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Blueberries are packed with powerful nutrients like anthocyanins, proanthocyanidins, and vitamin C—each of which has been linked to lower #cancer risk in human population studies. So this holiday season and beyond, consider upping your intake of this amazing berry!
Jocotepec Berry Field Trip
Jocotepec, a city of 40,000 that is 70km or 43 miles south of Guadalajara on the western edge of Lake Chapala, grows a third of Jalisco’s berries. The Cd Guzman area 135km south of Guadalajara has over half of Jalisco’s berries, and the Tapalpa area 120 km southwest of Guadalajara has a sixth.
Berry production is increasing in all three areas. Both blackberries and raspberries are typically grown under plastic tunnels; metal hoops are erected to support the plastic that covers rows of berries, with air entering at both ends and between the plastic and the ground. The canes could produce berries for a decade or more, but most growers replant after 3-4 harvests. The Adelita raspberry is a low-chill primocane (fall-bearing) variety that does not need a winter pause; floricanes produce fruit in summer. When planted in summer, Adelita produces fruit between December and May.
Berries are labor-intensive because the same plant must be repicked multiple times, including raspberries every day or every second day and blueberries twice a week, so that a field may be repicked 40 to 100 times during a season. Strawberry growers typically employ 5-6 workers per hectare, and blackberry and raspberry growers have similar area-labor ratios, so that a 20 hectare blackberry or raspberry operation could have 100 to 120 workers during the harvest. USDA’s GAIN Mexico berry report in 2013 reported higher labor requirements: 7 workers per hectare of strawberries, 8 per hectare of raspberries and blueberries, and 10 per hectare of blackberries.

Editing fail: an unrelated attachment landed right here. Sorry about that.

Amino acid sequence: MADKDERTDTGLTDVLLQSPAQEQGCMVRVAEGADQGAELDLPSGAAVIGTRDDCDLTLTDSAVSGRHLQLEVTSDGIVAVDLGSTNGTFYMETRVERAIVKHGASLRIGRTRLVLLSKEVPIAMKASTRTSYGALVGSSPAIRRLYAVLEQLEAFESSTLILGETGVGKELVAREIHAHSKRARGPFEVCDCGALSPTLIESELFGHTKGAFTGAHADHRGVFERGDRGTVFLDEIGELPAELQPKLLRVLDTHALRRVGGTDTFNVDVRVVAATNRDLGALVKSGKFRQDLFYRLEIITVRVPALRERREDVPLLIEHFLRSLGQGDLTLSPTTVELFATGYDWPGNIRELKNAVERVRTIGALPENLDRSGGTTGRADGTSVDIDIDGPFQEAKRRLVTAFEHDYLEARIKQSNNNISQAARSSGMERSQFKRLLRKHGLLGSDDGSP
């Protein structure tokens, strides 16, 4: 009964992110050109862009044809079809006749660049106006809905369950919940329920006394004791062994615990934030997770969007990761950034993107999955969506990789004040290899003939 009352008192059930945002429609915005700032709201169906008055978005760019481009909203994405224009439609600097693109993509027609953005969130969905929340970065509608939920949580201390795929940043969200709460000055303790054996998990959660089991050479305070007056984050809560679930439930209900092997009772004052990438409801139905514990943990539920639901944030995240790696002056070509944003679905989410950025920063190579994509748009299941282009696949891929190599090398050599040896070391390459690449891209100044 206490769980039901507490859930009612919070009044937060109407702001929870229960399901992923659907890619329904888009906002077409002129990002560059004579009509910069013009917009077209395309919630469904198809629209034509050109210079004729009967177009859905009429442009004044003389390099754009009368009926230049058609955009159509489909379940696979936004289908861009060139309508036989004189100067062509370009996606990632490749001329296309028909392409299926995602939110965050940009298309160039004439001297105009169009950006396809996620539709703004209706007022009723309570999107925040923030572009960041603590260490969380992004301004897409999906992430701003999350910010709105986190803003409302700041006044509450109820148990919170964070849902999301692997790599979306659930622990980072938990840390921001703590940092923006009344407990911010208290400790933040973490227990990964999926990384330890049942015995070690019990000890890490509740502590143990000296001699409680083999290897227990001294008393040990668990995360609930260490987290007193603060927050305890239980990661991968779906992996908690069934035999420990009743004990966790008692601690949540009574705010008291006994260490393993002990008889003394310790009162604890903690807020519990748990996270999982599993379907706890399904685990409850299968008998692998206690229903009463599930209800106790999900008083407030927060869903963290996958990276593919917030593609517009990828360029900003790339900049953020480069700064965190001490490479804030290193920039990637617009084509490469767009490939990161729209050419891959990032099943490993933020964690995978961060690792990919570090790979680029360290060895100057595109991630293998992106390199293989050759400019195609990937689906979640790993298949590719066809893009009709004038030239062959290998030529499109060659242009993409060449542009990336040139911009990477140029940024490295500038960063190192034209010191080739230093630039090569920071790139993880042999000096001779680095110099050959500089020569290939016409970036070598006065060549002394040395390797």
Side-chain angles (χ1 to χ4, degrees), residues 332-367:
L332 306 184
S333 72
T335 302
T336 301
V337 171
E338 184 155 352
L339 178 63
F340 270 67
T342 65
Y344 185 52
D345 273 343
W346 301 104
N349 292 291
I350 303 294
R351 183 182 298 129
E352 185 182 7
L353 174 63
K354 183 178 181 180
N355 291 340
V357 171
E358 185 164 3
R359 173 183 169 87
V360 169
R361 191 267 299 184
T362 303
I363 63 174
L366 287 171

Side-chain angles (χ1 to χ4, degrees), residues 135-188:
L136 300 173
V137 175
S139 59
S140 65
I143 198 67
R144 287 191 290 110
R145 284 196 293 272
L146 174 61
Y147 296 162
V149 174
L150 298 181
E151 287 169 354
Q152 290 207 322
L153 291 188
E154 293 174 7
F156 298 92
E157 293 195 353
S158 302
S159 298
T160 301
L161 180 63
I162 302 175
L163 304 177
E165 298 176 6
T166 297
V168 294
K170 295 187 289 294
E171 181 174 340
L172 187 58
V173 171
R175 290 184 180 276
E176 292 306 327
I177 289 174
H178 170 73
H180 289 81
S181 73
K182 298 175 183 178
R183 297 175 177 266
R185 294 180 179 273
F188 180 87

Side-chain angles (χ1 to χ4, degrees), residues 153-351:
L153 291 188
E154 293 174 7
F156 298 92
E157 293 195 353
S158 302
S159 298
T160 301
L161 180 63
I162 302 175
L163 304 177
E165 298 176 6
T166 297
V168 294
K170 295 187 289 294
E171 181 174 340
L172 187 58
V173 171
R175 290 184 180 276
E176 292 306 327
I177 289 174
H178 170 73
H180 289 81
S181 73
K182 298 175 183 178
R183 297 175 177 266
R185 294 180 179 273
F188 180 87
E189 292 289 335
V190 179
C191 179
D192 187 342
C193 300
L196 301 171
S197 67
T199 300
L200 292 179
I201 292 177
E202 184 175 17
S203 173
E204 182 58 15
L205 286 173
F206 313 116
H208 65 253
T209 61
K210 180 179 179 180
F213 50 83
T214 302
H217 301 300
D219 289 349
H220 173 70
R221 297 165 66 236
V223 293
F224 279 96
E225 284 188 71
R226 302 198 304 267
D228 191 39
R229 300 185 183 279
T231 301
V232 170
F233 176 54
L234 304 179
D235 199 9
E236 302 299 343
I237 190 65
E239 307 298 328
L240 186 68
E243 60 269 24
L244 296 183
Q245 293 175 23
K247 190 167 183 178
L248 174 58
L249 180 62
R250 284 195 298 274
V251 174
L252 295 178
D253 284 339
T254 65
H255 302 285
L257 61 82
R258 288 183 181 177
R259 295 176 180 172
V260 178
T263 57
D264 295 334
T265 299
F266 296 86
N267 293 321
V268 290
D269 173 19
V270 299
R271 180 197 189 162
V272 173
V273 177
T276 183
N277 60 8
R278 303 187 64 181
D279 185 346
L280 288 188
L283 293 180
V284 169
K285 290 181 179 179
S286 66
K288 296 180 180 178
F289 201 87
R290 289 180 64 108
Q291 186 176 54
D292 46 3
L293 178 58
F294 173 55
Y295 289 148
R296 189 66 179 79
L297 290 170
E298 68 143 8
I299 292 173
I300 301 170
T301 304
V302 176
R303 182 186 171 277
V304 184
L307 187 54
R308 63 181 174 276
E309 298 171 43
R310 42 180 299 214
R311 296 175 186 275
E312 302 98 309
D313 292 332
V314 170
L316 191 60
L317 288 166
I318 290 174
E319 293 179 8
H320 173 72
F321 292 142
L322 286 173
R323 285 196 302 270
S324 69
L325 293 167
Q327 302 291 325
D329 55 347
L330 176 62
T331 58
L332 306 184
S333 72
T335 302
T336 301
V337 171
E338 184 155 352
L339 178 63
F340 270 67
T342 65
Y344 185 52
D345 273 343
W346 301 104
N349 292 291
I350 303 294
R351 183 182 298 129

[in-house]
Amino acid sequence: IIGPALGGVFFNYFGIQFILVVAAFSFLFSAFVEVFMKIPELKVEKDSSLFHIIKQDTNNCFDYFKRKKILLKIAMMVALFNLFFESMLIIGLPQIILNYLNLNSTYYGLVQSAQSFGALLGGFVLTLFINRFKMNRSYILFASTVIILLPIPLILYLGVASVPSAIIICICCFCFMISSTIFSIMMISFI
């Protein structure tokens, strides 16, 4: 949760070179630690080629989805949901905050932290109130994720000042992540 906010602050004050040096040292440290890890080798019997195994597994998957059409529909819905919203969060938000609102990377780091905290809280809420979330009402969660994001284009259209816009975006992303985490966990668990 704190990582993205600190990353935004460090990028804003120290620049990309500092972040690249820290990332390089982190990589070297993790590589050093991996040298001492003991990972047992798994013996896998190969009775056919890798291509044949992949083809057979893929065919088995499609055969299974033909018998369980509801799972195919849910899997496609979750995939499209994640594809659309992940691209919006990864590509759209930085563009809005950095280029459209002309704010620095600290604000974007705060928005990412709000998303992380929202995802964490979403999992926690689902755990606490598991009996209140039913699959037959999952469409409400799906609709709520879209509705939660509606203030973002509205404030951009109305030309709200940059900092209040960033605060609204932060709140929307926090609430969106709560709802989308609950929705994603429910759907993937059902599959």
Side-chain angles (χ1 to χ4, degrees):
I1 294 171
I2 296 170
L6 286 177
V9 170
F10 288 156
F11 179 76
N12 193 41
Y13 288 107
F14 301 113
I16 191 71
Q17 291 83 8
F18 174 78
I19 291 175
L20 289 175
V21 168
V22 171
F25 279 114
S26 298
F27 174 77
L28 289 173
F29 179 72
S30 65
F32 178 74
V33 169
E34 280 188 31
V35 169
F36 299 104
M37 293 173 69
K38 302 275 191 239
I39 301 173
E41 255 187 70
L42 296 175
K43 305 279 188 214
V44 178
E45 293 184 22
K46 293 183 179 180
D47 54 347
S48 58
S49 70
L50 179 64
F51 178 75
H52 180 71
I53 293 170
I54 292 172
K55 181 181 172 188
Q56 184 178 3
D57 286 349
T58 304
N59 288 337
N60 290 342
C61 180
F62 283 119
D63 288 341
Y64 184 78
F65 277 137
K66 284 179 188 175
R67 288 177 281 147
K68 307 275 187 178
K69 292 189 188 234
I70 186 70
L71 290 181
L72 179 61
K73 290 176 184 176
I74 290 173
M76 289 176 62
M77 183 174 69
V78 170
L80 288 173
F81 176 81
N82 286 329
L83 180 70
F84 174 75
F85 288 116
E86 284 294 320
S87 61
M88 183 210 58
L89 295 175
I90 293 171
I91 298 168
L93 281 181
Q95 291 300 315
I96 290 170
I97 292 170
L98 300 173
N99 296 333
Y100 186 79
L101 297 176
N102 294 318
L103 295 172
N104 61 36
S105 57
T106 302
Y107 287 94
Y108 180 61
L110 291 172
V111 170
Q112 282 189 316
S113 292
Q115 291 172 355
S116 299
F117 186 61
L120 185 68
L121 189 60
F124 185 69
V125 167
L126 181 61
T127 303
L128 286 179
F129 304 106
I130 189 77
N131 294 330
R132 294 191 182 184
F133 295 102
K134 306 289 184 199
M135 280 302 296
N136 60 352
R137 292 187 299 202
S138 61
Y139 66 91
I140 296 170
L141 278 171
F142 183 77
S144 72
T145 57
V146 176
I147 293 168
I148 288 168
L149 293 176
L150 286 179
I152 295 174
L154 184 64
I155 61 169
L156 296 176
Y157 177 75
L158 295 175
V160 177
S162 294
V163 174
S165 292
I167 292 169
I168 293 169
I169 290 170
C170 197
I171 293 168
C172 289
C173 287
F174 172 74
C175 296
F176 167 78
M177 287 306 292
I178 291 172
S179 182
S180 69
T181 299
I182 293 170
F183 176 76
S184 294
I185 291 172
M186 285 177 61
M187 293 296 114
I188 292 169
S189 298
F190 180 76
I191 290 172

Workers with shopping baskets containing the plastic clamshells in which blackberries and raspberries are sold and a bucket for rejects walk down rows of blackberry and raspberry plants and place the berries into clamshells; they work without gloves. Runners collect the full clamshells from pickers and take them to a portable checking and repacking area, where they are placed in boxes or flats, taken to coolers, and transported to markets. Rejects are 10 to 20 percent of berries, including what pickers and inspectors-repackers sort out, and are sold at low prices for processing.
Blackberries and raspberries are often sold in flats or trays of 12-6 once clamshells. USDA reported that the FOB price of a flat of blackberries in early March 2018 was $20 or $1.66 a clamshell, and the price of raspberries was $30 a flat or $2.50 a clamshell.
Workers are paid 10 to 12 pesos a flat (12-6 once boxes) for picking blackberries, and 10 to 15 pesos a flat for picking raspberries, with a seeming guarantee of 200 pesos for an eight-hour day ($10.60) while training and doing non-harvest work. The higher piece rates are for workers who report each day and are careful pickers, minimizing the need to repack fruit. Daily earnings range from 200 to 400 pesos per day: a 300 peso-per-day worker would earn $16 a day or $2 an hour. With six-day weeks, weekly earnings are $96, and over a 16-week season about $1,500.
At 12 pesos a flat and earning 300 pesos in an eight-hour day, a picker averages 25 flats a day or three an hour. The best pickers average 5-6 flats an hour when yields are high, or 60-80 pesos an hour or 500 pesos ($26) a day.
In addition to piece rate wages of 12 pesos a flat, employers incur payroll taxes of 23 percent for IMSS (workers contribute another 2 percent), five percent for Infonavit, and workers pay ISR or income taxes that begin at one percent of earnings (some growers reportedly pay in cash to avoid payroll taxes). There are also labor costs for checking and repacking, making total labor costs 20-30 pesos a flat, or perhaps $1.50. When raspberries are $15 a flat, growers may receive $8-$9 after paying for plants and cooling and marketing costs, making harvest labor costs about 20 percent of grower revenue.